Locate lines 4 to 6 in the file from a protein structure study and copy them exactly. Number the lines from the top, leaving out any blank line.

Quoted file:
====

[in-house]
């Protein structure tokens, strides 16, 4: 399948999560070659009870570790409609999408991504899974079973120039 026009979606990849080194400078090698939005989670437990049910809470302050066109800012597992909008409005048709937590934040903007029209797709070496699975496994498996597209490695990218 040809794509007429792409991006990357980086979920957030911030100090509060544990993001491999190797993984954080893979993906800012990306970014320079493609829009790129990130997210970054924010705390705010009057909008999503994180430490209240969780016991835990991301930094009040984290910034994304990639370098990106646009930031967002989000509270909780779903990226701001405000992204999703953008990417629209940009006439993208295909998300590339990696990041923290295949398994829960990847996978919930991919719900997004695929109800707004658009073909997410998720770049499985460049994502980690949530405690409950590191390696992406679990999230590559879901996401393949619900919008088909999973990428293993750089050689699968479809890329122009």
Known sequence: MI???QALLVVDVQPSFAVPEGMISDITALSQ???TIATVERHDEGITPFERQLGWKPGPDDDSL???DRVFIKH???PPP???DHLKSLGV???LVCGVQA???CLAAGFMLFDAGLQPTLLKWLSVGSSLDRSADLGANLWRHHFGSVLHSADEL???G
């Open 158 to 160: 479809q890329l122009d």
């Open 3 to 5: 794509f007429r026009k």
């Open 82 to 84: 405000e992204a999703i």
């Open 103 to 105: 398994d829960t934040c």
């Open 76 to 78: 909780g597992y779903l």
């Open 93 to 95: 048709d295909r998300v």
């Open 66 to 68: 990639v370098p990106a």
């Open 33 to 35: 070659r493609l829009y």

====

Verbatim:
């Open 158 to 160: 479809q890329l122009d």
């Open 3 to 5: 794509f007429r026009k």
């Open 82 to 84: 405000e992204a999703i």